Just Add Water

by Lisa Rosen on November 4, 2010

Everybody knows swimming is good exercise. It’s low-impact, easy on the joints, infinitely customizable. You can swim for strength, for endurance, for aerobic fitness, or just for fun.

Which is what usually draws me to the pool–fun. I find that swimming is even better than running for clearing my head. When I’m feeling really stressed or preoccupied or just unable to concentrate on writing, 30 or 40 minutes in the pool wipes my mind clean and leaves me calm and relaxed and focused.

It’s partly the rhythm of swimming–stroke, stroke, stroke, breathe. Stroke, stroke, stroke, breathe. The repetition is hypnotic. The constant focus on breathing is soothing, too–exhale through the nose, inhale through the mouth. Three beats out, one beat in. Repeat.

The black line in the bottom of the pool is also part of the equation. Swimming in open water, while it’s one of my favorite things to do in the whole wide world, is just not as zen–I have to think about navigation, water conditions, wildlife, etc. None of those things are bad, but they’re distractions, and if the goal is to empty my mind, I don’t want distractions.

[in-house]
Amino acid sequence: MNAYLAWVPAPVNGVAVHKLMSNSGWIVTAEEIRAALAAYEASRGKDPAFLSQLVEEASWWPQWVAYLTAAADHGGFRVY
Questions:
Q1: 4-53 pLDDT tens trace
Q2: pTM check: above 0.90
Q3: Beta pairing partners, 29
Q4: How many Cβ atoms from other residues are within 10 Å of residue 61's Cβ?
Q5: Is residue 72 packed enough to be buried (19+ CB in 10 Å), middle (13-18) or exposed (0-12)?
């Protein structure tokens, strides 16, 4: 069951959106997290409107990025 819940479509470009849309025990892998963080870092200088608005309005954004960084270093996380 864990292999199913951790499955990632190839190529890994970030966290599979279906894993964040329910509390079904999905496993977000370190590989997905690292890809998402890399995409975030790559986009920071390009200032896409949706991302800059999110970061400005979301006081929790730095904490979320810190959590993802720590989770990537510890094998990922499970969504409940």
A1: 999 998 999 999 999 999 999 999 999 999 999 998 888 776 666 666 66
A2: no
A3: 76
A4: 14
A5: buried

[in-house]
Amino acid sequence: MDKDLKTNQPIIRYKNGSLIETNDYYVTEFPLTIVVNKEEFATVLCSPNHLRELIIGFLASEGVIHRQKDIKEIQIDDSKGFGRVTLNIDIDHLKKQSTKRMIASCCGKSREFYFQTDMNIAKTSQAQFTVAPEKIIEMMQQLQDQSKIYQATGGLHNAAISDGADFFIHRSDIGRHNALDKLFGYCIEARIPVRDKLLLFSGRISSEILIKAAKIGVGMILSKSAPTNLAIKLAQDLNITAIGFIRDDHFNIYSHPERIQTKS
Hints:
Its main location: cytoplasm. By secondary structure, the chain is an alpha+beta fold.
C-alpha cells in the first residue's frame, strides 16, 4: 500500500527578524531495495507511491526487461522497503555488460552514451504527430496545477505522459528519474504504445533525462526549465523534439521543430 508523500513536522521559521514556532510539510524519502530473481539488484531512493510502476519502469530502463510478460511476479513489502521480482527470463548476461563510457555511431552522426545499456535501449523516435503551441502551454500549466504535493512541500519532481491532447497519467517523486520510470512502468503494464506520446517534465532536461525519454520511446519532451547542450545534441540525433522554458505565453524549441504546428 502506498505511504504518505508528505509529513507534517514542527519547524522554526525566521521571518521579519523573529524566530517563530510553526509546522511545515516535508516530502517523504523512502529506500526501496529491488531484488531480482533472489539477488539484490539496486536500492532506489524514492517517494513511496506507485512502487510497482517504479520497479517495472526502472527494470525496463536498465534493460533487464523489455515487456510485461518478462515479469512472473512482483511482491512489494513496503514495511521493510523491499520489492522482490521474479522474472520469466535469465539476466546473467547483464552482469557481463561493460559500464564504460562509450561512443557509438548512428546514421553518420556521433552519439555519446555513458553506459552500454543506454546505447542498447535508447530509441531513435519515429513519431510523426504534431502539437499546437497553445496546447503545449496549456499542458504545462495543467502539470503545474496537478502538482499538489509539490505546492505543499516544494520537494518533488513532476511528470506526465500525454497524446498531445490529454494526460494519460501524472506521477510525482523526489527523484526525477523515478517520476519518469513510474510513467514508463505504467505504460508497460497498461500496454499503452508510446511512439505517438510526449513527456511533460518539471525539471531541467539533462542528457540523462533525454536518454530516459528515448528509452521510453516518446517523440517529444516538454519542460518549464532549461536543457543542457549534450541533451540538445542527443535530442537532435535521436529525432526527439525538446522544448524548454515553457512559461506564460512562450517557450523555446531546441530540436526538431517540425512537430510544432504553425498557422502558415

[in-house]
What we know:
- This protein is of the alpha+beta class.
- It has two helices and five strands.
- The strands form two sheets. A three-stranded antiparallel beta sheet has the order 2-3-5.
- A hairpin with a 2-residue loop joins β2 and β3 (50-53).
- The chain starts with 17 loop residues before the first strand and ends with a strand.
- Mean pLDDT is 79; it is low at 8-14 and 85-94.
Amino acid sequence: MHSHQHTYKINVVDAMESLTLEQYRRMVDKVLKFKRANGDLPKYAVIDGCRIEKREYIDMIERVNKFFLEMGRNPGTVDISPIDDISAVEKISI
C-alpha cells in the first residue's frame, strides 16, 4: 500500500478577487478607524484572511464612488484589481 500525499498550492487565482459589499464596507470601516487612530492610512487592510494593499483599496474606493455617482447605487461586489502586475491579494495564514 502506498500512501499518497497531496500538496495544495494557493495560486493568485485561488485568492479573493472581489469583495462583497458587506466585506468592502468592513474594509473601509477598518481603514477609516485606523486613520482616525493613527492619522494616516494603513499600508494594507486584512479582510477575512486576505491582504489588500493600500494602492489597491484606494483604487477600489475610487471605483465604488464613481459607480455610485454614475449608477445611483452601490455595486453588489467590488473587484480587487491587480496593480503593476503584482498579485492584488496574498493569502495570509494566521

Mostly, though, it’s the water. I think humans just have some kind of deep instinct that makes us love water. If you don’t love to swim, you probably love a hot tub, or a long soak in the bath. We love the sound of a babbling brook, a waterfall, waves crashing on the beach, rain pattering on the roof.

It seems to be inborn. When my children were tiny, one of my favorite sayings was “Cranky baby? Just add water.” The sound of water running into the sink can calm a fussy newborn. A splash in the tub can soothe an older baby. A big bucket of water can entertain a toddler. It’s just part of being human–water makes us feel better.

So next time your mental wheels are spinning unproductively, or you’re feeling like stabbing your office mate, make your way to the nearest body of water, and see if it doesn’t help.

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